'I can't believe you've come all this distance to ask a question like that' - Taoiseach refuses to comment on leadership during Canada trip
Asked whether he intends to announce plans to step down at next week's parliamentary party meeting
Taoiseach Enda Kenny became visibly irritated at the media's questions over his leadership during a conference with the Canadian Prime Minister in Montreal.
Mr Kenny reacted with frustration after he was asked whether he intends to announce his plans to step down at next Wednesday's parliamentary party meeting.
During a press conference in Montreal with Canadian Prime Minister Justin Trudeau, Mr Kenny expressed his surprise that the leadership issue was even raised at all.
"I can't believe actually that you have travelled this distance to ask a question like that,"Mr Kenny said.
"I have come here to meet with the Canadian Prime Minister and Canadian Business to explore the opportunities that exist across the Atlantic for the creation of jobs and investment and to the benefit of Canadians and Irish people. That is my business here. Next question," he added.
Mr Kenny was asked again about the leadership to which he responded;
"I have just said to you I can't believe you have travelled this distance to ask a question like that.
"My function here is to have a discussion with the Prime Minister of Canada to discuss opportunities that present themselves for investment and job creation."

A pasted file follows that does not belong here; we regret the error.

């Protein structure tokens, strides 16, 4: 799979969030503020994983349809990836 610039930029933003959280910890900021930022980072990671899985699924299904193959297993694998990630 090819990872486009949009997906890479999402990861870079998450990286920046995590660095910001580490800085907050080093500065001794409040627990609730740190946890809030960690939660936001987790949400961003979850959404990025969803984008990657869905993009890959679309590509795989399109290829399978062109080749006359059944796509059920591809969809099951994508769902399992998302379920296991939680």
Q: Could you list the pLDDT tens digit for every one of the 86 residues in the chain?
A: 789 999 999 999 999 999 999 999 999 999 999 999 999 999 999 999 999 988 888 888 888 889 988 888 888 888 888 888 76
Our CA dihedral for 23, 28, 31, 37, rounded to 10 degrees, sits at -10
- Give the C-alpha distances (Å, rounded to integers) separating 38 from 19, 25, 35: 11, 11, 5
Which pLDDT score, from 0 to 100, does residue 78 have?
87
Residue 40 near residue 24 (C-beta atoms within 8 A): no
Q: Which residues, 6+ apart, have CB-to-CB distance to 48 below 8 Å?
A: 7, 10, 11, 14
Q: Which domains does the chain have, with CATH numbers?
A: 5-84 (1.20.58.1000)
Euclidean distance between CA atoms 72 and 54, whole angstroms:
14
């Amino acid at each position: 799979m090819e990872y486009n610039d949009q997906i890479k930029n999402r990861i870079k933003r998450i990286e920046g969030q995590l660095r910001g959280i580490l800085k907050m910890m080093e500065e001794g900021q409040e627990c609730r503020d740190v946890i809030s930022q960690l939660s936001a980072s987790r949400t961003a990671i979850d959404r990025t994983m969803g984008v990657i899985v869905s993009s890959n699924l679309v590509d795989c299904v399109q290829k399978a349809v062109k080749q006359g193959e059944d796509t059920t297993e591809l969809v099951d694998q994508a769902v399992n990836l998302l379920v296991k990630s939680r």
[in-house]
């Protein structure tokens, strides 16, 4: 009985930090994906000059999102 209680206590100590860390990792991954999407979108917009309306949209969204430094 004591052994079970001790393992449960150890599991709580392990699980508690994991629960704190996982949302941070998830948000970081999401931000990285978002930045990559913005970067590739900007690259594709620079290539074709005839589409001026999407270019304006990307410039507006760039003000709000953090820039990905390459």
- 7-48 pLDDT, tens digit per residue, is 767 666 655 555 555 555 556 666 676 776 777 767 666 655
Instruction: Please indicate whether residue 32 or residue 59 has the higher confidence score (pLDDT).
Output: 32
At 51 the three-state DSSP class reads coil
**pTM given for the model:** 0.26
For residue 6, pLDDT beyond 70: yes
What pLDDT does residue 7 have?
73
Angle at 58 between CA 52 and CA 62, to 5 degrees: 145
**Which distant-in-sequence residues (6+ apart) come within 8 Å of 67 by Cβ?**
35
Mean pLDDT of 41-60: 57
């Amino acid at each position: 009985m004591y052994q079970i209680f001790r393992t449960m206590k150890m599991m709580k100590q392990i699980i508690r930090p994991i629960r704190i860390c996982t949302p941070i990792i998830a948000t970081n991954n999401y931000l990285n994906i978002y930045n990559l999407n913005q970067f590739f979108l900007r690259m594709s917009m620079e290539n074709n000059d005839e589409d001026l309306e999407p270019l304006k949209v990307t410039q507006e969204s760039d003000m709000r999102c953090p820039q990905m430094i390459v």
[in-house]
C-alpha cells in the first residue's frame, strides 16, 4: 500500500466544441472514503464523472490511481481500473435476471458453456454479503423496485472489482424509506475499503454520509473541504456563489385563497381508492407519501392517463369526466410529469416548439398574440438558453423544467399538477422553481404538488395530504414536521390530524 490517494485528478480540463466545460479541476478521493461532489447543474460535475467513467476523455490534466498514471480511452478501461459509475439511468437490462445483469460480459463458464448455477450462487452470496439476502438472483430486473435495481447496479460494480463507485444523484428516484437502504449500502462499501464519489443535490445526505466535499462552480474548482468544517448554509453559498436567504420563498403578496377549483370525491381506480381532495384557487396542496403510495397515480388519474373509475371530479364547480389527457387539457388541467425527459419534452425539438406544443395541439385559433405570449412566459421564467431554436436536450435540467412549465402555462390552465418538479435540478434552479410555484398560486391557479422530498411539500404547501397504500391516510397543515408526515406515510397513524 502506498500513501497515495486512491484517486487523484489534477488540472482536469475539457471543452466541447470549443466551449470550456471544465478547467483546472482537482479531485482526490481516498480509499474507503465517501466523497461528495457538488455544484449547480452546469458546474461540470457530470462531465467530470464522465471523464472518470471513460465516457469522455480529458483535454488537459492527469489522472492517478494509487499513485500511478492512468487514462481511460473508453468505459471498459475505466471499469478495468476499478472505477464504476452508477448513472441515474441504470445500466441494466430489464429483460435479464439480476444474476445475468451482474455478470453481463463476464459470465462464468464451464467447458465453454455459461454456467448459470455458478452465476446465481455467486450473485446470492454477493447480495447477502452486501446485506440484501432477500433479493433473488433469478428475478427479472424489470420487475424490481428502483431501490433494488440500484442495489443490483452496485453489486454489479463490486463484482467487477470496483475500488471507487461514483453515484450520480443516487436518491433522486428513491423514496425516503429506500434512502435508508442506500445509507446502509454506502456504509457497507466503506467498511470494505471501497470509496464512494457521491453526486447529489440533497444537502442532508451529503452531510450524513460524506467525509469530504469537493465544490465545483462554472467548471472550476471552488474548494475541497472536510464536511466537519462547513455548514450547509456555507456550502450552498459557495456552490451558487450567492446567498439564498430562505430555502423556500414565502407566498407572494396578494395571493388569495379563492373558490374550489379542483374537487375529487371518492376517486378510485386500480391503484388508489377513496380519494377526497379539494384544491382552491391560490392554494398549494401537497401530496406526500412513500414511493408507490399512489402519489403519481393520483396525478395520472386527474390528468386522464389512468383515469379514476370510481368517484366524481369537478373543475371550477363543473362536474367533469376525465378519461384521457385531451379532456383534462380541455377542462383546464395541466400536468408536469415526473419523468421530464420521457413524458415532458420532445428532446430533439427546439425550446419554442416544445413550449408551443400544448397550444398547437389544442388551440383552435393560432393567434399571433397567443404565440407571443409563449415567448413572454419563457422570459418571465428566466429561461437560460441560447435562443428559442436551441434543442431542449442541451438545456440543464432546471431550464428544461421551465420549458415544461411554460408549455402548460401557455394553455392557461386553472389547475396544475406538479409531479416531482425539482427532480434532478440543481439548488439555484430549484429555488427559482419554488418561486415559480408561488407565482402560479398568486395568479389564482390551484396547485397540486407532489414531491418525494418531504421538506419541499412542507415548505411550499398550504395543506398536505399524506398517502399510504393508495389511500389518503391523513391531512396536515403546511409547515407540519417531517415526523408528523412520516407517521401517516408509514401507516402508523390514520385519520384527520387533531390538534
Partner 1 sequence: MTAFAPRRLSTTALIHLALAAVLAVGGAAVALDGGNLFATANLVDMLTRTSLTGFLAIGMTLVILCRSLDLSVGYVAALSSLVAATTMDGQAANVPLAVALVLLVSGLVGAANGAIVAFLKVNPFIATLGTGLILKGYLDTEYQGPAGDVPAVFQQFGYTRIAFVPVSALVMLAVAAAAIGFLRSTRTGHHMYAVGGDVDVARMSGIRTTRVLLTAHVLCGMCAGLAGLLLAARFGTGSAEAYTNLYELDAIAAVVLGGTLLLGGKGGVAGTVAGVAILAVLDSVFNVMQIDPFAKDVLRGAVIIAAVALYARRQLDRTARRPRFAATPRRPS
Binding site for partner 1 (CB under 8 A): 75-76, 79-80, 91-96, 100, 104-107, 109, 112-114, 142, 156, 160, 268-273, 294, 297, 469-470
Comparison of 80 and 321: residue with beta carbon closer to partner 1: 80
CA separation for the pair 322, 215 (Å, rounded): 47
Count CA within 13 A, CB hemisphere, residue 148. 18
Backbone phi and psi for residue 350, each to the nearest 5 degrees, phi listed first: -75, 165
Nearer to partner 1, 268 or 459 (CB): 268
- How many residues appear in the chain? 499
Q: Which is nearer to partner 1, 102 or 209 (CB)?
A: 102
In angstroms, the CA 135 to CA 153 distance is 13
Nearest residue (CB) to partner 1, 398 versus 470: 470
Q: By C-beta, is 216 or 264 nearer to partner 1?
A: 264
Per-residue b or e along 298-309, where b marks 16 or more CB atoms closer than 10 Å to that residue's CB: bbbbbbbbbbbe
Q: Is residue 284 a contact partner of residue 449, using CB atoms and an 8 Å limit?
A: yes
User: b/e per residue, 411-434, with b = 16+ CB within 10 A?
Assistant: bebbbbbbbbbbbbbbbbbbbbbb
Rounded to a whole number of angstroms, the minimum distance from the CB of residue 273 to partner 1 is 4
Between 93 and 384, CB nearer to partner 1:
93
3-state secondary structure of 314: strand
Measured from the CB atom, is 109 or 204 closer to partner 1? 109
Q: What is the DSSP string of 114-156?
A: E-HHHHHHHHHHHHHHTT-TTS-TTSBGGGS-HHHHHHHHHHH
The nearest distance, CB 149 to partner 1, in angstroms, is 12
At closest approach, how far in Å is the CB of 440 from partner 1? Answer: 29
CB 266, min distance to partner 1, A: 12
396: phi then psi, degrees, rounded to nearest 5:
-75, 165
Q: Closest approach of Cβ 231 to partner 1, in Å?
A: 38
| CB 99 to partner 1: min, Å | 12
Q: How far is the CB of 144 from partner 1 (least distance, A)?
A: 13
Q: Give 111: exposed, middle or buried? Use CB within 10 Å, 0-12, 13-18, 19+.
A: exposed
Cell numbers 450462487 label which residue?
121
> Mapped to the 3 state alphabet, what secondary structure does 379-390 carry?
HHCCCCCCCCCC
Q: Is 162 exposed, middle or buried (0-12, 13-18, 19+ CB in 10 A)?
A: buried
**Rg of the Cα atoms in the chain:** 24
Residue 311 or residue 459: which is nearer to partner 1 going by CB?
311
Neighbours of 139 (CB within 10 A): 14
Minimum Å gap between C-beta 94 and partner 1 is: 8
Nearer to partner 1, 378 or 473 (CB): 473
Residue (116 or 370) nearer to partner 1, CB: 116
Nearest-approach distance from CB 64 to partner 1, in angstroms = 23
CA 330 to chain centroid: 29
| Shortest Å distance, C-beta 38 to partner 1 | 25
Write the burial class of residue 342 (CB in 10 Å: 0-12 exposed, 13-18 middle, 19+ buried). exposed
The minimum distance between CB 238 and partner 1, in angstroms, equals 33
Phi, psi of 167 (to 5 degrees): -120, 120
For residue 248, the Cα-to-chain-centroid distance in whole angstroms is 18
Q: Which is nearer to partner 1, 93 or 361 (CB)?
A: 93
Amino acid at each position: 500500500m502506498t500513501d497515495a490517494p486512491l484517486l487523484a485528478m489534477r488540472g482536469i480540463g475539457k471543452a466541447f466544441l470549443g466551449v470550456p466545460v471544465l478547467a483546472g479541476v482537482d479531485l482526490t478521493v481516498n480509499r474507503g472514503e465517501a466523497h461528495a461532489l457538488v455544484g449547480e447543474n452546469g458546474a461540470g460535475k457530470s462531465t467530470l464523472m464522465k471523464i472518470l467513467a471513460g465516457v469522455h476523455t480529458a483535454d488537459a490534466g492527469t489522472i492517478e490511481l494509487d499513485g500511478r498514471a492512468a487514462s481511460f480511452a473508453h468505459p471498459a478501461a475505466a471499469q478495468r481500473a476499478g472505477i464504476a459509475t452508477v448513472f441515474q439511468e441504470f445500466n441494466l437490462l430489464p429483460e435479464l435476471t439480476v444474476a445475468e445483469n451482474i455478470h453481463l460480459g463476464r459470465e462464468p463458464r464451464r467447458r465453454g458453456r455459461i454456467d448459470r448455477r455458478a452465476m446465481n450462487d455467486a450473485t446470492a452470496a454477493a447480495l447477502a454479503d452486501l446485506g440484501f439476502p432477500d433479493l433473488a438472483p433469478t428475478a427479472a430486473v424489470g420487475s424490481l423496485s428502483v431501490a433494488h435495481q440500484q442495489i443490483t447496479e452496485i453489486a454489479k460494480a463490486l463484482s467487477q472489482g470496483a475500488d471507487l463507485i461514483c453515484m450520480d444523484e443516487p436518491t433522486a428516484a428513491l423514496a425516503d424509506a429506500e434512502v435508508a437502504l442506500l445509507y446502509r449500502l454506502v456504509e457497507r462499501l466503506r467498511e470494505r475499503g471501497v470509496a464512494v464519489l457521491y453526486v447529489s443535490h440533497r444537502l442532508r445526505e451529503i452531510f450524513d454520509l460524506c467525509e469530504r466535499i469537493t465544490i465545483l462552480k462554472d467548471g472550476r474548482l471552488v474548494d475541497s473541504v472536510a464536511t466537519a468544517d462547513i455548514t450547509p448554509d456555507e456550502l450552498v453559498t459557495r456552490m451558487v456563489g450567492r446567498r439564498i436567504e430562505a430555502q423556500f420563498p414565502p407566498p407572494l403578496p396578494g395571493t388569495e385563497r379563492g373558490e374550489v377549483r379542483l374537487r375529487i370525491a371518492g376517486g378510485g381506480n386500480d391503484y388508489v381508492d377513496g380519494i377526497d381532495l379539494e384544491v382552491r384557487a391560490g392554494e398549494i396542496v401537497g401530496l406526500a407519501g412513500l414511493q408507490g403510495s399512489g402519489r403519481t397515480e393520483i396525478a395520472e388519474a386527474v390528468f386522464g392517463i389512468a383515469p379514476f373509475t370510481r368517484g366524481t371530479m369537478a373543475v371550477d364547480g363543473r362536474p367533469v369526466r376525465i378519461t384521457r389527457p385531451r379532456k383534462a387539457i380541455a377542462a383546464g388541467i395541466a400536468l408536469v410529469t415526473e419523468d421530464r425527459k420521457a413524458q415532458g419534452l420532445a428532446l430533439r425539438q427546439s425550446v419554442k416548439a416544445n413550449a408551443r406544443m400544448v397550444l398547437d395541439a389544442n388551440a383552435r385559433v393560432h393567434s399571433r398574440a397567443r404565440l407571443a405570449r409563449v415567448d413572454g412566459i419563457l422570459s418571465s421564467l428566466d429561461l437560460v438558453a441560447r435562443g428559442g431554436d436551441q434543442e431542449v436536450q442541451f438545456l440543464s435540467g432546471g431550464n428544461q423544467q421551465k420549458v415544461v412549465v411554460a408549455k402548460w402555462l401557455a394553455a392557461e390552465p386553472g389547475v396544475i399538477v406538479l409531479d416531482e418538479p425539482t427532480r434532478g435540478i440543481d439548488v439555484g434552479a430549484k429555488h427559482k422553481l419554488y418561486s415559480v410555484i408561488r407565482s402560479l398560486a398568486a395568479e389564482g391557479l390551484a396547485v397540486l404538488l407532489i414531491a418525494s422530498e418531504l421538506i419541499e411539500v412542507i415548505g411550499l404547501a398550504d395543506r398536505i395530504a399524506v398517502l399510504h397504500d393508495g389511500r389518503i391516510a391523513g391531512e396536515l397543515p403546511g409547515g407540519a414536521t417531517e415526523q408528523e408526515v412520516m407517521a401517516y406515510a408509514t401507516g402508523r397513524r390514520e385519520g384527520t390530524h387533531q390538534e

After the press conference , a spokesman for the Taoiseach told Independent.ie:
"I utterly refute any notion that the Taoiseach was angry or lashed out at anybody."
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The tense press conference was held just minutes after Mr Kenny delivered a powerful speech, which focused on themes such as immigration and political extremism.
Earlier, Mr Kenny used a address to the Montreal Chamber of Commerce to emphasis the need for the centre ground of politics to hold.
“And it is the centre that the Irish Nobel laureate WB Yeats once said cannot hold, now must hold, and hold with alacrity,” Mr Kenny said.
“Across democracies, our best are being pushed to the hard left by anger, to the hard Right by fear,” he added.
The Taoiseach told the event that Irish people are currently celebrating the arrival of “Bealtaine”, or the month of May, which he said symbolises “new growth, new promise, new summer.”
He received a spontaneous round of applause after raising the prospect of United Ireland in light of the decision by the EU to make provision for the North rejoining the EU.
In his speech, Mr Kenny cited Canadian diplomat John de Chastelain, who oversaw the decommissioning of weapons as part of the Peace Process.
During their bi-lateral meeting, Mr Kenny and Mr Trudeau spoke about issues such as trade and emigration.
There was much discussion at the event in Montreal over the choice of Mr Trudeau’s odd socks.
The prime minister later tweeted, explaining that the socks symbolised the Star Wars robots R2D2 and CP3O.
"May the fourth be with you," he said.